Focus turns to the future after Florida wins title

PARADISE VALLEY, Ariz. -- In the calm and safety of the morning after the Tostitos BCS Championship Game, Florida coach Urban Meyer admitted to "panic" after Ohio State junior Ted Ginn Jr. returned the opening kickoff 93 yards for a touchdown on Monday night.

"We made a gamble, and that's my fault," Meyer said of the decision to kick to Ginn. While he panicked, his team responded.

"The offense systemically goes down and converted three or four first downs and everybody settled down and said, 'Let's go play.' "

Everyone in orange and blue, anyway. In an attempt to explain the Gators' margin of victory in their 41-14 rout of Ohio State, Meyer cited the speed of his defensive line, describing their dominance of the line of scrimmage "a mismatch." Five sacks of Buckeyes quarterback Troy Smith back up Meyer there.

Meyer also cited the maturation of quarterback Chris Leak, whose slowly developing trust in Meyer and offensive coordinator Dan Mullen came to full bloom at University of Phoenix Stadium.

"Chris Leak fundamentally is not even close to what he was last year," Meyer said. "He sets his feet. The touchdown pass yesterday on the slant and go, he hung in there as the pressure is caving in. We have all seen Chris curl up and fall down. He stuck it in there and made a play."

That 14-yard completion to Dallas Baker evened the score at seven and gave the Gators the momentum.

When discussing the game, Meyer cited emotion as a factor in the upset, both the motivation that Florida took from being an underdog and what he perceived as the difficulty Ohio State had in dealing with being the favorite.

That motivation did not fade when Florida led 34-14 at the half. Meyer needed only to step into the locker room to quell any concerns about his team resting on its lead.

"Their helmets are on and they were beating the lockers up," Meyer said. "It was a feeding frenzy, what was going on in that locker room."

Asked to assess whether Ohio State played poorly on its own or because Florida forced the Buckeyes to do so, Meyer pointed the finger at the circumstances that Ohio State faced.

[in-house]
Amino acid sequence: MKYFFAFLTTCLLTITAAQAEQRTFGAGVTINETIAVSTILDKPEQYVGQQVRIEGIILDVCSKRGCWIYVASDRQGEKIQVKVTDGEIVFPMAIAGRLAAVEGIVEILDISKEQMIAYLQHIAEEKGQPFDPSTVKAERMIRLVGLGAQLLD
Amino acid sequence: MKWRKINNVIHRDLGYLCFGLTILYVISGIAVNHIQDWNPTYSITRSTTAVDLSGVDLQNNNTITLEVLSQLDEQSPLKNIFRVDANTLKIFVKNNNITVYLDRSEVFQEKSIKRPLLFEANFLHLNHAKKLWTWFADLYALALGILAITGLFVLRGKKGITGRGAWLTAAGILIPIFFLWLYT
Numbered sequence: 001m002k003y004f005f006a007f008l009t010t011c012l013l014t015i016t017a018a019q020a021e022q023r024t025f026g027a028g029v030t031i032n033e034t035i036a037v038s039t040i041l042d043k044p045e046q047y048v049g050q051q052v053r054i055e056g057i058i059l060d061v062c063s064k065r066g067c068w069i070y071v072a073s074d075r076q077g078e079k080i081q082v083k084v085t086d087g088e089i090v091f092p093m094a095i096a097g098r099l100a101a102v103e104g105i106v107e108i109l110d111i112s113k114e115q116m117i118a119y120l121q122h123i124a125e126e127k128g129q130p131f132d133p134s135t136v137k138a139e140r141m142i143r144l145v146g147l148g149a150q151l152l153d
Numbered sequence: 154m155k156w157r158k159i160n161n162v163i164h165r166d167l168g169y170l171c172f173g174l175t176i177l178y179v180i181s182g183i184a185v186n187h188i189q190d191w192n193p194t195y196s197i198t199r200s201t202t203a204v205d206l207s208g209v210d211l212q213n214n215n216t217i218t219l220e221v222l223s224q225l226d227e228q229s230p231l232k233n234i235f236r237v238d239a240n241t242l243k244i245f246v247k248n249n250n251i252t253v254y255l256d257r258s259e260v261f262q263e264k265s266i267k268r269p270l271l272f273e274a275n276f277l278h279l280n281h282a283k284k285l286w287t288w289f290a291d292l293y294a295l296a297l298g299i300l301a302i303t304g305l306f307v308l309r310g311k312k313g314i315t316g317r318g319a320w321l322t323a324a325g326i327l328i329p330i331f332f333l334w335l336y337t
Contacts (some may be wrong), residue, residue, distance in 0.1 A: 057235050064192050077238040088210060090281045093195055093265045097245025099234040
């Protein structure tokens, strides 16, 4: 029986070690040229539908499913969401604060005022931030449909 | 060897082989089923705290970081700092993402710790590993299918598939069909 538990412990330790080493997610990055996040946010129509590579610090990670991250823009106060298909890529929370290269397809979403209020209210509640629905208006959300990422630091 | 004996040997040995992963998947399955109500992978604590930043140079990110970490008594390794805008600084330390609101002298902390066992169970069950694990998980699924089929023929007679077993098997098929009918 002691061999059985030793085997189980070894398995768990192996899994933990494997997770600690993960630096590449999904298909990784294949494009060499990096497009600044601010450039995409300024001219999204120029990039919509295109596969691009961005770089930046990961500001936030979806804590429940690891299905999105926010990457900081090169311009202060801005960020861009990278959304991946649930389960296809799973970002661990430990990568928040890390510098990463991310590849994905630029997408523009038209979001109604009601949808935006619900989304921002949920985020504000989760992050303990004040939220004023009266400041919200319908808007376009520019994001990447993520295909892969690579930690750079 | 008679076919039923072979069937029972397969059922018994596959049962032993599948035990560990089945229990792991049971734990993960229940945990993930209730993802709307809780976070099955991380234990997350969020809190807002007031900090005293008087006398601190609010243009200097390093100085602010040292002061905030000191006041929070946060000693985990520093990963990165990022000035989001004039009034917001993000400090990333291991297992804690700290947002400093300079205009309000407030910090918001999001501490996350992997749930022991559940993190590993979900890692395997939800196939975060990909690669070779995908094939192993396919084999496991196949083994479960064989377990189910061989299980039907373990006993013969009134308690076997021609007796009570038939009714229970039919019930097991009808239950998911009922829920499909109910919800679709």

"The human element takes over," Meyer said. "You get patted on the back so many times, you actually believe you are pretty good. … To answer your question, I'm not sure we forced that. I think it was the layoff. It was the fact we got to play two more games past their games."

Florida peaked on Monday night, a peak that the Gators would not have reached without winning at Florida State, 21-14, on Nov. 25 and defeating Arkansas, 38-28, in the SEC Championship Game on Dec. 2.

The Big Ten chose to have Ohio State and Michigan end their season on the third Saturday in November. The conference might have to rethink that philosophy if it wants to contend more seriously for national championships.

The Gators approach next season having lost at least 13 starters, with several juniors considering whether to leave early for the NFL. Meyer has a strong class of sophomores-to-be, including quarterback Tim Tebow and wide receiver Percy Harvin. Meyer said that Florida will sign 27 freshmen, nine of whom enrolled in Gainesville on Monday and will be available for spring practice.

"I'm sure they think they don't have to go to class today because we won a national championship. I assure you that's why I am going home today," Meyer joked.

If there's any fire to the smoke that arose Tuesday, Florida's best new player won't be available until 2008. Asked whether Clemson freshman tailback C.J. Spiller, a Florida native who rushed for 938 yards in 2006, had enrolled in Gainesville as well on Monday, Meyer played coy about the three-time Atlantic Coast Conference Rookie of the Week.

"The first time I really heard about that was last night," he said. "I'm flying back today. I'm sure I will hear more today on that issue."

Upon Meyer's return to campus, he planned to appear with some of his players at halftime of the Gators' basketball game against Arkansas. A bigger celebration is planned for Saturday -- and, of course, years to come.

Ivan Maisel is a senior writer for ESPN.com. Send your questions and comments to Ivan at ivan.maisel@espn3.com.